#3 Have a coffee outside
This option is great if you need to be at work in the morning before the sun goes up. You can simply take a break around 9 and drink a nice cup of coffee outside. Or any beverage really. Doesn’t need to be coffee.
That will get you your light exposure and wake you up.
It’s also a great option if you’re on holiday or just chilling on the weekend. You might not be in the mood for a walk. In that case just chill outside and have a nice warm drink.
How to: if it’s impossible for you to get light in the morning because of work, it’s a good idea to take a break and spend it outside around 8 or 9 AM.
#4 Put your desk next to the window
We just discussed that light through a window counts. So you can just place your desk next to your window.
Studies showed that office workers who worked next to a window got one average 47 minutes more sleep at night than workers who worked not next to a window.
If you have the chance to do this at your work, you’d be stupid not to do it.
How to: sit next to a window while you work. Once a while, just look outside for a minute or so, to expose yourself to light.
#5 get a STRONG light source
If none of the above work for your situation, you can try this.
See if you can find a very strong light source. There are lamps created by Philips I think that you can place in your bedroom to mimic the sun’s light.
They’re not as strong as it would be on a good warm sunny day, but they can come close.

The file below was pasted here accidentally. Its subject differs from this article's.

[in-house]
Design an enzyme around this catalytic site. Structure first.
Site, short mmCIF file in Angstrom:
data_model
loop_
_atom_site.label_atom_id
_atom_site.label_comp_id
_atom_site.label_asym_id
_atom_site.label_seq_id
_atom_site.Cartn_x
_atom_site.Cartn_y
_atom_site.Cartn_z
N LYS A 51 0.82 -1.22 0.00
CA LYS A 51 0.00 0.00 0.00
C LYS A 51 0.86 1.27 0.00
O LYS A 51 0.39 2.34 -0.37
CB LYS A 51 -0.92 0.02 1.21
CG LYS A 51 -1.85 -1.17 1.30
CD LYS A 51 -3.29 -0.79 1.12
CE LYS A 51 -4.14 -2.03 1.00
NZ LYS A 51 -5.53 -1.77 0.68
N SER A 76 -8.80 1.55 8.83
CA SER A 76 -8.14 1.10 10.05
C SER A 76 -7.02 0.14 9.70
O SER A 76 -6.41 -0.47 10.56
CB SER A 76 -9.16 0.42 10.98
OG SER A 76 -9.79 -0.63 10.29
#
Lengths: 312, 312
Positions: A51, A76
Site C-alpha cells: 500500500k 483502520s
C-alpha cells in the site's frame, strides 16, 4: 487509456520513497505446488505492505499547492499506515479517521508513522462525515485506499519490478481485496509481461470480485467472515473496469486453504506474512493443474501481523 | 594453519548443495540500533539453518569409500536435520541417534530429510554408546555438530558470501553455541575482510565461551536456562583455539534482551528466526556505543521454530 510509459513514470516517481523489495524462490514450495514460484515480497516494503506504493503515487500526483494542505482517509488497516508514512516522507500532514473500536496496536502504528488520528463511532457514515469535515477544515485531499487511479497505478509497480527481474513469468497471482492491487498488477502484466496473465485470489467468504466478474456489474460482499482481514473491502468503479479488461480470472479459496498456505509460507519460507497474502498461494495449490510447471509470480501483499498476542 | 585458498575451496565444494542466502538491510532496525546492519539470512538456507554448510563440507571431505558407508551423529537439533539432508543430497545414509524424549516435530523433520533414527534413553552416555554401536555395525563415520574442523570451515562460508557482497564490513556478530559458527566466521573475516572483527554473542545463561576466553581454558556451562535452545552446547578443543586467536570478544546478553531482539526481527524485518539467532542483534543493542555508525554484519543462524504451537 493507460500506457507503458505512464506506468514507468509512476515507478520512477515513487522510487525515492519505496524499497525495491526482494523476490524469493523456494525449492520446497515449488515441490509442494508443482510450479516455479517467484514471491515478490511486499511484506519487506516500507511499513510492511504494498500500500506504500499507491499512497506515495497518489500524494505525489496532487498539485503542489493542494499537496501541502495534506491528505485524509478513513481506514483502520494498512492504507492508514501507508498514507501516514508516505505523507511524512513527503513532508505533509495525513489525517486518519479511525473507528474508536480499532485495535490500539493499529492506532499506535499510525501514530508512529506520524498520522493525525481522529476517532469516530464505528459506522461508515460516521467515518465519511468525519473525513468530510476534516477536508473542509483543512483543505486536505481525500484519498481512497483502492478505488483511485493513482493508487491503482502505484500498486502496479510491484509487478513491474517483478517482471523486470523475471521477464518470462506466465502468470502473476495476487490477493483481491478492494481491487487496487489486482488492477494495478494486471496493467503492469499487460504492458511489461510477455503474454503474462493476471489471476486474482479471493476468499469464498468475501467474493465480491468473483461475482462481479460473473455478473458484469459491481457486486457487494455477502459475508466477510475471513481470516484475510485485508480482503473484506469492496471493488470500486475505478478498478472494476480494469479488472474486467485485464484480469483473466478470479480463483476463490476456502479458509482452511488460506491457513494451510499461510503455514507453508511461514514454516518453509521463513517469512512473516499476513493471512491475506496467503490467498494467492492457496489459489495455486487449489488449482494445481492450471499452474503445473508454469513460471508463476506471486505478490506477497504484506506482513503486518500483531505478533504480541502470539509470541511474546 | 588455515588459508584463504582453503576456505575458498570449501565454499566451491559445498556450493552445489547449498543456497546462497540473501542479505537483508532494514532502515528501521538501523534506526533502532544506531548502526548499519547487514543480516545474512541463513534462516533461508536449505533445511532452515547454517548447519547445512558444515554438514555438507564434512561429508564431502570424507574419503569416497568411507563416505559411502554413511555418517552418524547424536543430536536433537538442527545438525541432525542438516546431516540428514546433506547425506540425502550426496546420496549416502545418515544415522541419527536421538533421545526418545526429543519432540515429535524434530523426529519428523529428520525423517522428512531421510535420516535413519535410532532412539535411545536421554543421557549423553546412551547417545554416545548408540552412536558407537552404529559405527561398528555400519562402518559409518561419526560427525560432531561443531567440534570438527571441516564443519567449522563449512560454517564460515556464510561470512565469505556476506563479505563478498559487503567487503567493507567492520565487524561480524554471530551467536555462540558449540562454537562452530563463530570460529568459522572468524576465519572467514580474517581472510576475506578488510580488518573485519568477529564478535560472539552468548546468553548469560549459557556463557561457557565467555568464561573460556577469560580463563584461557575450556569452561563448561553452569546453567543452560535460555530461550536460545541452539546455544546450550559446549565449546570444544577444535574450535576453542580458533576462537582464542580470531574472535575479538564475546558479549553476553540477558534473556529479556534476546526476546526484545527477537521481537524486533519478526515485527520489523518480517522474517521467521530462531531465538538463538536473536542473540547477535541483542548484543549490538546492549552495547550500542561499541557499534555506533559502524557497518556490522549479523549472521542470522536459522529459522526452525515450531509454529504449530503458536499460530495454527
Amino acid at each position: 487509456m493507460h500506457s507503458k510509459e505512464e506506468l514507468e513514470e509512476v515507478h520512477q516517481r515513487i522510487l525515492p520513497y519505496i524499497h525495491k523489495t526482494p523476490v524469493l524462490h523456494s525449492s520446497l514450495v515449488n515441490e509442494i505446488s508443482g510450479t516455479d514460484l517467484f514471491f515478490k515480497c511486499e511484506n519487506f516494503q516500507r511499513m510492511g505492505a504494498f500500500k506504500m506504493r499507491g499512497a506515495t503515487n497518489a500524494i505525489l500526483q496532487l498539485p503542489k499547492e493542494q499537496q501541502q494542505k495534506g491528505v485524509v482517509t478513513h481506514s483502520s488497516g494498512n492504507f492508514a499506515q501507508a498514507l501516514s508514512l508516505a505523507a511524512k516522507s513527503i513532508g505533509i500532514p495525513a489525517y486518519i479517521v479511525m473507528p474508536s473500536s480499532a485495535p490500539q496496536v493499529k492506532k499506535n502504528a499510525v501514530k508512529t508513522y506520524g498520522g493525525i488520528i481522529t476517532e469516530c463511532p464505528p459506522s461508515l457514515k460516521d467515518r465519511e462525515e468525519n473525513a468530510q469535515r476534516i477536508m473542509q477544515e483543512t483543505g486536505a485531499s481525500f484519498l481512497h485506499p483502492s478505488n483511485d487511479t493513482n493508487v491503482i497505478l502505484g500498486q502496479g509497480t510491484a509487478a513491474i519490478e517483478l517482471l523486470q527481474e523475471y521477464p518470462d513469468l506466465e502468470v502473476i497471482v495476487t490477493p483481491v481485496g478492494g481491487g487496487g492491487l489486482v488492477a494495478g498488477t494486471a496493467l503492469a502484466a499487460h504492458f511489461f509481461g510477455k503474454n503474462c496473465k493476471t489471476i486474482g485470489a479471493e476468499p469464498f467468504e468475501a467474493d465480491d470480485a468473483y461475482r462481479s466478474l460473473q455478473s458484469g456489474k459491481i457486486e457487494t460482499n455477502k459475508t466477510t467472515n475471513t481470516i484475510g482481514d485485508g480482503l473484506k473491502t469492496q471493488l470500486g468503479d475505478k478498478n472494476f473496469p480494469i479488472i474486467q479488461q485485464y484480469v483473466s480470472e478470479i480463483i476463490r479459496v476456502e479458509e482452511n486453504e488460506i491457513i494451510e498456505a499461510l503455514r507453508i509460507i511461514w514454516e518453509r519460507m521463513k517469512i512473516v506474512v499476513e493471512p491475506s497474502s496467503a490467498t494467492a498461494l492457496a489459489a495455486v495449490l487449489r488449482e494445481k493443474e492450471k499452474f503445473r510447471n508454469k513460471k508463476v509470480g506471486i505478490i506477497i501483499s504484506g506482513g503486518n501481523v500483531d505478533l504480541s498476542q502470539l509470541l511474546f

Most of them get higher than 1000 lux.
Also, if you don’t want to buy a special light box for this, you can experiment with stronger LED lamps.
I’ve got one at home and it actually gets above a 1000 lux if I’m pretty close to it.
It’s so bright that I can’t look at it directly. But I like to sit next to it if I need to wake up early, or if it’s a cloudy rainy day.
How to: if you cannot get natural light in the morning, then see if you can get a lightbox or very strong LED light that offers enough lux.
And please don’t be too cool…
You know those people that just seem to be wearing their sunglasses everywhere they go.
With the least amount of sunshine getting through, they put on their glasses. Or even worse: when there’s no sun at all.
Now you’ve got a great valid excuse to laugh at them.
Not only are they making a fool of themselves by acting too cool for everyone… they’re also depriving themselves of natural light.
After all, your eyes contain the most receptors that signal your brain that it’s light outside.
And if you’ve made this mistake in the past? Don’t worry. Just use sunglasses what they’re meant for from now on. Only wear them on when you’re driving against low sun, or when it’s really incredibly bright outside that you can’t see a thing without them.
Wearing them in most other situations is unnecessary and often even pretty dumb from a circadian perspective.